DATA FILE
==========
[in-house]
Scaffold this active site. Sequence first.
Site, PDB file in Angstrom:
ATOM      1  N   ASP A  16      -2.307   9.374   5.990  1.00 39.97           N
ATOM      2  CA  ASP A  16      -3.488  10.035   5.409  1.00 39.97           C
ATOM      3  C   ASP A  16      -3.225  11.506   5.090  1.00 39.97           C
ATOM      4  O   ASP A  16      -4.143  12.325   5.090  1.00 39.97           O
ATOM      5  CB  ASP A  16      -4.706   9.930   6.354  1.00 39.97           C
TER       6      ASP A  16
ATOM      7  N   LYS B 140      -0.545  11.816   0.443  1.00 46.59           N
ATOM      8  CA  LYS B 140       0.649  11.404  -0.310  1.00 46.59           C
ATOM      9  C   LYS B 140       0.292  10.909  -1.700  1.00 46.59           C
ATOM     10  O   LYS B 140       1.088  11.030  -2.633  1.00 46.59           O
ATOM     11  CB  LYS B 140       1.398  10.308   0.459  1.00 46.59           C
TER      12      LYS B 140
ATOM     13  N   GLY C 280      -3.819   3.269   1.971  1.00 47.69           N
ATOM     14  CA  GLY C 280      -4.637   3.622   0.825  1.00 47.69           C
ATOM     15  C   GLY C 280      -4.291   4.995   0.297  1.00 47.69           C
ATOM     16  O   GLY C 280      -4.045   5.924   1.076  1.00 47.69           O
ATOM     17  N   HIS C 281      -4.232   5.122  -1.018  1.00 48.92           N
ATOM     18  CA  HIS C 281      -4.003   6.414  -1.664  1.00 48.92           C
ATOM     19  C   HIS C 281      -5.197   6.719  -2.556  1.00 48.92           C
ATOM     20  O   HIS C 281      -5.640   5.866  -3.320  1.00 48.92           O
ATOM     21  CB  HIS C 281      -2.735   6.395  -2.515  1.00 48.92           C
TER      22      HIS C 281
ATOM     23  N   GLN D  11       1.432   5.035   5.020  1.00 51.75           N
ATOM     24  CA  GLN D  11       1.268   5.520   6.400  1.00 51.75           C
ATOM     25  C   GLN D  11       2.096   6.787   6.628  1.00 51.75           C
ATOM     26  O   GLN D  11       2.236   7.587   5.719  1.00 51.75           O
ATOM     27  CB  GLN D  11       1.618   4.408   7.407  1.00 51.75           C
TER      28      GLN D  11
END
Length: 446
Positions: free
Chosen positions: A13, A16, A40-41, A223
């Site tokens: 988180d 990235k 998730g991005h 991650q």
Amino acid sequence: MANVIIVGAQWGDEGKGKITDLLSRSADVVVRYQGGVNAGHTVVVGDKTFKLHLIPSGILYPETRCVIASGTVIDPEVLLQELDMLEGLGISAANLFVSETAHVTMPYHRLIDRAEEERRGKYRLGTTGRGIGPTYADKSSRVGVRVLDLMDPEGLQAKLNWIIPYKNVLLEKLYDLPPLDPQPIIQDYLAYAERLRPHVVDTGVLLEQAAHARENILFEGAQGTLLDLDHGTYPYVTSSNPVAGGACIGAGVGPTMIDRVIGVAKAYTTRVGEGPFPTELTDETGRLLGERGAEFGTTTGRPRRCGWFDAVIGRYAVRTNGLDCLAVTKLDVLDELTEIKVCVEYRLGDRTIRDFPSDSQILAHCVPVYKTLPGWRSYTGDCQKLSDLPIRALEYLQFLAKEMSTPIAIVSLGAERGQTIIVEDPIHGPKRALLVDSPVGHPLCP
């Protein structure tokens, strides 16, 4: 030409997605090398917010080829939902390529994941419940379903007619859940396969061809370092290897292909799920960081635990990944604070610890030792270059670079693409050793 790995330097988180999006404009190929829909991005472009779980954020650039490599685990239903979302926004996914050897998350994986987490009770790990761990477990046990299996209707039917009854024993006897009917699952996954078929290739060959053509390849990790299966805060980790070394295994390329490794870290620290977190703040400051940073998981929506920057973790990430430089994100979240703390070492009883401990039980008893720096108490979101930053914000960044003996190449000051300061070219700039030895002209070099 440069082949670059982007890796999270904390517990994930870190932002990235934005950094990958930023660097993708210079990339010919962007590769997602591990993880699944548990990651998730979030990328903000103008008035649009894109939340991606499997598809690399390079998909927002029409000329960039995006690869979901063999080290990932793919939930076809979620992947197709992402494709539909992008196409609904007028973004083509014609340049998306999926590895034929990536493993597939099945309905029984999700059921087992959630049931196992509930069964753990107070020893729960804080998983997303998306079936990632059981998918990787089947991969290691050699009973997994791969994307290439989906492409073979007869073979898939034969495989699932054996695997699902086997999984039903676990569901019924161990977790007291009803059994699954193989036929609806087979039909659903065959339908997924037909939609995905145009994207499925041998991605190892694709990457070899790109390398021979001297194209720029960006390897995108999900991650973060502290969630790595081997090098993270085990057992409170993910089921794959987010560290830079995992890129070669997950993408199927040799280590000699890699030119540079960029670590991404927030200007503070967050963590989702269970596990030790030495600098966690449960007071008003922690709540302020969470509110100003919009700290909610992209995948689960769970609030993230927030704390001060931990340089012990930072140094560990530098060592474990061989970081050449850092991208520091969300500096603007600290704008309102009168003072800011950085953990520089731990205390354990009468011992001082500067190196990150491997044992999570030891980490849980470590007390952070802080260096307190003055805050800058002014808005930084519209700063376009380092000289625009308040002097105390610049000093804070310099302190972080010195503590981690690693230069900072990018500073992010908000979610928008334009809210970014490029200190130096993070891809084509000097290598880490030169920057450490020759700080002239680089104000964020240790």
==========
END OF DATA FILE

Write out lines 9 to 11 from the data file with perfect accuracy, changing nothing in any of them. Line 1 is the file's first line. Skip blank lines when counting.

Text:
TER       6      ASP A  16
ATOM      7  N   LYS B 140      -0.545  11.816   0.443  1.00 46.59           N
ATOM      8  CA  LYS B 140       0.649  11.404  -0.310  1.00 46.59           C